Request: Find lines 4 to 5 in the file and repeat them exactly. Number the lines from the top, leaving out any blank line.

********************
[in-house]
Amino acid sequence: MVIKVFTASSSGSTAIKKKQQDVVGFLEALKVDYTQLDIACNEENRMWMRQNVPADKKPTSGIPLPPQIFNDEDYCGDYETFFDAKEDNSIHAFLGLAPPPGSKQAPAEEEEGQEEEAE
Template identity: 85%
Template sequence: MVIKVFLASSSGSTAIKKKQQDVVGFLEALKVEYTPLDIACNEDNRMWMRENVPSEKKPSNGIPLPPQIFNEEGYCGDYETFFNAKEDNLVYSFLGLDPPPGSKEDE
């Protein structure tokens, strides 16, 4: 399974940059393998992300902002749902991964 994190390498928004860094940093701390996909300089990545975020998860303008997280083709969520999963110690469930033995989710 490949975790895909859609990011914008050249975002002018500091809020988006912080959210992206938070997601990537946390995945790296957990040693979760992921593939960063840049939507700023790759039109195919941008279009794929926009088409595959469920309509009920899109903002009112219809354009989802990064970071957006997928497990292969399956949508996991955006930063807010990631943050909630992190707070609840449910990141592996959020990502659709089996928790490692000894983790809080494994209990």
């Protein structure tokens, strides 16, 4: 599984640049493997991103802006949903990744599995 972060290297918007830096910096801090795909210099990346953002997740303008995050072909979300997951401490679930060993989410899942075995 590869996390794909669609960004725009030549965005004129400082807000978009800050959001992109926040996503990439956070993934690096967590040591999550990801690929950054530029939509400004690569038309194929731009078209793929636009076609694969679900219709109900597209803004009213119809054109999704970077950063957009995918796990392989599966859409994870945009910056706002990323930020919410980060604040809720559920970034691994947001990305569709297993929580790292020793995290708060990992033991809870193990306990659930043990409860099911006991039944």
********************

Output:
Template sequence: MVIKVFLASSSGSTAIKKKQQDVVGFLEALKVEYTPLDIACNEDNRMWMRENVPSEKKPSNGIPLPPQIFNEEGYCGDYETFFNAKEDNLVYSFLGLDPPPGSKEDE
């Protein structure tokens, strides 16, 4: 399974940059393998992300902002749902991964 994190390498928004860094940093701390996909300089990545975020998860303008997280083709969520999963110690469930033995989710 490949975790895909859609990011914008050249975002002018500091809020988006912080959210992206938070997601990537946390995945790296957990040693979760992921593939960063840049939507700023790759039109195919941008279009794929926009088409595959469920309509009920899109903002009112219809354009989802990064970071957006997928497990292969399956949508996991955006930063807010990631943050909630992190707070609840449910990141592996959020990502659709089996928790490692000894983790809080494994209990």